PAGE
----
Countryside Alliance pokes at environmental protections post-Brexit

The charming Tim Bonner was interviewed in an incredibly friendly manner on Farming Today this morning. He said he didn’t like wildlife crime, but there were reasons why people killed raptors, and that’s because raptors conflicted with people’s interests. The example he came up with was that Hen Harriers can cause declines in the numbers of Red Grouse which can be shot for fun and profit, so hardly an important part of human existence.

The friendly questioning from Caz Graham allowed Mr Bonner to say that things were a lot better than in Victorian times – apparently that is the benchmark for rural fieldsports.

Presumably Tim Bonner knows that in Victorian times it was legal to kill raptors but that ‘recently’, in 1954, the second year of the reign of our current monarch, raptor killing became illegal. Over 65 years later the members of the Countryside Alliance, Moorland Association and BASC apparently need to be reminded of these laws by having them drawn to their attention in contracts and through attendance at training days…

The RSPB was quoted as being as politely sceptical about the statement as am I.

But it was the fact that Bonner moved from raptor killing into describing his meeting with the Brexit Secretary Stephen Barclay where a ‘big issue’ discussed was;

…how we bring the Habitats Directive and the Birds Directive and other legislation into UK law and what are the opportunities, and what are the threats, of divergence, potentially in the future, from that

Farming Today asfter 7min 30sec

Well, don’t you worry Tim, the Birds Directive and Habitats Directive, are in UK law right now, but I’m sure what you are keen on is cutting out some of the environmental protection given to species and habitats through those directives – protection for places like blanket bogs and species like Hen Harriers, just as examples. And that is what the Brexit campaign has been about for many of the far right – dismantling environmental protection that has evolved ‘recently’, say over 50 years or so, and going back to the good old days of taking back control. Those would include the good old days where the gamekeeper knew best and could do his habitat destruction and raptor killing in the full knowledge that the law was no barrier. But as this blog has warned for years now, divergence from EU environmental standards will have far-reaching implications for nature cosnervtion, and those implications will be at a net detriment to our environment and our wildlife.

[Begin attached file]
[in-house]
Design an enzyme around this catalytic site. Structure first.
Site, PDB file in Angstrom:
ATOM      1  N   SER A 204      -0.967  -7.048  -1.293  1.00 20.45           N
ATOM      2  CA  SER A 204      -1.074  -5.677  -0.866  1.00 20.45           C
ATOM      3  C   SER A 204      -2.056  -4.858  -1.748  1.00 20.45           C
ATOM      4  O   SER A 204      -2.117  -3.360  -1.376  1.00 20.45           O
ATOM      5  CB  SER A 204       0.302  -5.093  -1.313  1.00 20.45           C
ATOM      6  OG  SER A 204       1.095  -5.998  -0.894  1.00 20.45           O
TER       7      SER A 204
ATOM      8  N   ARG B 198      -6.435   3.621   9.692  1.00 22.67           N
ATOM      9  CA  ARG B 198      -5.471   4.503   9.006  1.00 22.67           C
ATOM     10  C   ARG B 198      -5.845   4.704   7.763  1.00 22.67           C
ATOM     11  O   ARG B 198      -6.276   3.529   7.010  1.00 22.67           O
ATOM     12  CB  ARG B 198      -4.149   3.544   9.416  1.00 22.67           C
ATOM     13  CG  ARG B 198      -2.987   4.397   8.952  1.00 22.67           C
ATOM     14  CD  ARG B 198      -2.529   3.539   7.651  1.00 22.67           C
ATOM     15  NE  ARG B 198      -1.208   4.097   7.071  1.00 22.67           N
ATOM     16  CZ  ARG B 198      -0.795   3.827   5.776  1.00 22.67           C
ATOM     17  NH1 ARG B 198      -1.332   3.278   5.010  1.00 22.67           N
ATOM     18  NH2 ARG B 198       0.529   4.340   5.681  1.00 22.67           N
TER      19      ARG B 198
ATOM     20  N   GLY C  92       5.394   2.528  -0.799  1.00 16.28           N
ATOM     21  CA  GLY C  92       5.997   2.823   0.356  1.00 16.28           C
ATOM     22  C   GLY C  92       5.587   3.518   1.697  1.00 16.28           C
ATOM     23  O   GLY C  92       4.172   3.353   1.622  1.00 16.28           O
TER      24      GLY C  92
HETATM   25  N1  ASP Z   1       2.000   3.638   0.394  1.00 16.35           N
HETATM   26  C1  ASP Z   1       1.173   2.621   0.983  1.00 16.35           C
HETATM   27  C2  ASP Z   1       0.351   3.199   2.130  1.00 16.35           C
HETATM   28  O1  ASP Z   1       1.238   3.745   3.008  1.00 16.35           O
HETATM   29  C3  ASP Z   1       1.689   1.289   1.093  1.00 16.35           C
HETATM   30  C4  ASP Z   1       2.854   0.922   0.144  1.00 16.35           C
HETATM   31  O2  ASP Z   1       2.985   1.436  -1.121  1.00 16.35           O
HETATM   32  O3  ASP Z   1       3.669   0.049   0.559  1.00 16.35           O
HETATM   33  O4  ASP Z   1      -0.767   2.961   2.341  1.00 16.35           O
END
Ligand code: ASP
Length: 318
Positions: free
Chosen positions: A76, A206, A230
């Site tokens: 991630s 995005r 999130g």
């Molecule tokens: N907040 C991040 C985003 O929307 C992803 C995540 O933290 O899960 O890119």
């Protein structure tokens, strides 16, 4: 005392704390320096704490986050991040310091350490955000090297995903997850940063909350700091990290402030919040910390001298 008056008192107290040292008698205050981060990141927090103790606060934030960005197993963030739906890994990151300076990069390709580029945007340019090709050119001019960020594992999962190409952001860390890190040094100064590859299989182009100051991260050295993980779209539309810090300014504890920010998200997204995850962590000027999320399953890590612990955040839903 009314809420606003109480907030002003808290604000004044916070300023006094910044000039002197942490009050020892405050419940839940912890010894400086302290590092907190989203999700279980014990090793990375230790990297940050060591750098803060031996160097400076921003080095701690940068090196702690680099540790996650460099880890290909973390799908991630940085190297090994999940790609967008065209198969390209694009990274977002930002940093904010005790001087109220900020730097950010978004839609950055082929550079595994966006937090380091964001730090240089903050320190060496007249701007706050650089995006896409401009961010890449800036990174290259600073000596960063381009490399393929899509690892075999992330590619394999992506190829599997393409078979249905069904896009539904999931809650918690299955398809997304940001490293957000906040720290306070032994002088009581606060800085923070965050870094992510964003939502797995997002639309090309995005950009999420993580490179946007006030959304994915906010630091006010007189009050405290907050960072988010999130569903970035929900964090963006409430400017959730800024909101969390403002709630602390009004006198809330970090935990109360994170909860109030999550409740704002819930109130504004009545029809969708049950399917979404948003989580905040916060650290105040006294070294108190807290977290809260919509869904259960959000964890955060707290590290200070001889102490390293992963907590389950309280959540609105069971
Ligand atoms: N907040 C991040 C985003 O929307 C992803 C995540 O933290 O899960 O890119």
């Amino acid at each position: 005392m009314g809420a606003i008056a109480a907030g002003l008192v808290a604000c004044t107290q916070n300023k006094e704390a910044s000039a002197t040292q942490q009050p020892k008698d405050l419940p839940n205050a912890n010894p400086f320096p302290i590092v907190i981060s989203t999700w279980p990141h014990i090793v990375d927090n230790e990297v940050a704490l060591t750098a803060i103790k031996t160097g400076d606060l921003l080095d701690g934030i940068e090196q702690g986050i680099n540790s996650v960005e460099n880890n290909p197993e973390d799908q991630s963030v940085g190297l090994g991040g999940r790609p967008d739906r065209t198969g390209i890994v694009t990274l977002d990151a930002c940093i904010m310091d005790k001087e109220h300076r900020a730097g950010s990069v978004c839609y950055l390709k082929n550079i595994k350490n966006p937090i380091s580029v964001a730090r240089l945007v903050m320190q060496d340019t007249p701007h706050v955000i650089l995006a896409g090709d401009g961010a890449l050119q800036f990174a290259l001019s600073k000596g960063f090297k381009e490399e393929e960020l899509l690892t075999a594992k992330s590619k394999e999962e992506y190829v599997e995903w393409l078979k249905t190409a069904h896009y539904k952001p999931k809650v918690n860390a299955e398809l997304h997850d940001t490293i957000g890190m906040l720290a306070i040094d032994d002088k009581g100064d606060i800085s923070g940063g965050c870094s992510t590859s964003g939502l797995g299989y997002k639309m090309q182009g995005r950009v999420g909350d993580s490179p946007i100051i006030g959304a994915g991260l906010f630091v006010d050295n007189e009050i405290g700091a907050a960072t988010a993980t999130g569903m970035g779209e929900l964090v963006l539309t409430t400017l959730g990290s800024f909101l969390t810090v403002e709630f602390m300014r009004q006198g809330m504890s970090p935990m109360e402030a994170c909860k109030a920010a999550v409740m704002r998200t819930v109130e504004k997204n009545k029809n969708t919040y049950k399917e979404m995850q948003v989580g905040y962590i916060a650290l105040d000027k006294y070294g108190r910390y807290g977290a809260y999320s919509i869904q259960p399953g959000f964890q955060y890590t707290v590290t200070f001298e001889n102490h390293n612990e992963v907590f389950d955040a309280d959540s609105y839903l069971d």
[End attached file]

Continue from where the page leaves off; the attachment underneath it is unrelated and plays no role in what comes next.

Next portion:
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2 Replies to “Countryside Alliance pokes at environmental protections post-Brexit”

  1. I think you are absolutely right Mark in your assessment of what the aims of these right wing shooters are.
    It is just a crying shame that the General Election let in the current bunch of right wing cowboys. Of course their is a difference between Scotland and England and I think, I hope, the politicians in Scotland ( SNP) will maintain and defend the Birds and Habitats Directives much more vigorously that this lot in Westminster. However I am not very clear as to the powers they have in this respect.
    One day we will wipe the smile of Mr Tim Bonner’# face by banning driven grouse shooting, setting the Directives in stone, and banning anyone from owning a gun of any sort.
    We desperately need an electable leader of the Labour Party (Sir Keir Stammer) that can win the next election after next few years has shown that leaving the EU was an unmitigated disaster for this the country and that the current right wing cowboys have made a complete hash of things.

    1. A nice theory, but unfortunately even if Brexit is an unmitigated disaster,I doubt those that voted for it will admit it! They will merely say it was price worth paying for “independence”, given that the current PM knows it isn’t necessarily best for the country but has suited his political aims and a large proportion of the UK population have voted for it without actually understanding the consequences.

      If your relying upon the SNP to show an example, then recent history would indicate that this is a a forlorn hope! Lots of nice talk but not actually much action!

      Whilst I admire your sentiment, the idea that guns will one day be banned is not exactly helpful. Whilst I respect the views of those who think that all shooting is wrong, unfortunately thats not realistic and it does immense harm to those many people who are supportive of wildlife conservation and stopping the illegal persecution of Raptors but who participate quite legally in shooting and activities like fishing.

      Many of them contribute both in deed and by hard cash payments to serious conservation, but they are not going sign up to a cause whereby their legitimate activities are threatened with a ban because it offends some people.
      The majority of the wider public, whose support is also required, both at the ballot box and through public opinion will not sign up to such views.

      Nor is it realistic, successful conservation requires there to be management of the fauna and flora and this involves culling certain species and in some cases this requires shooting.

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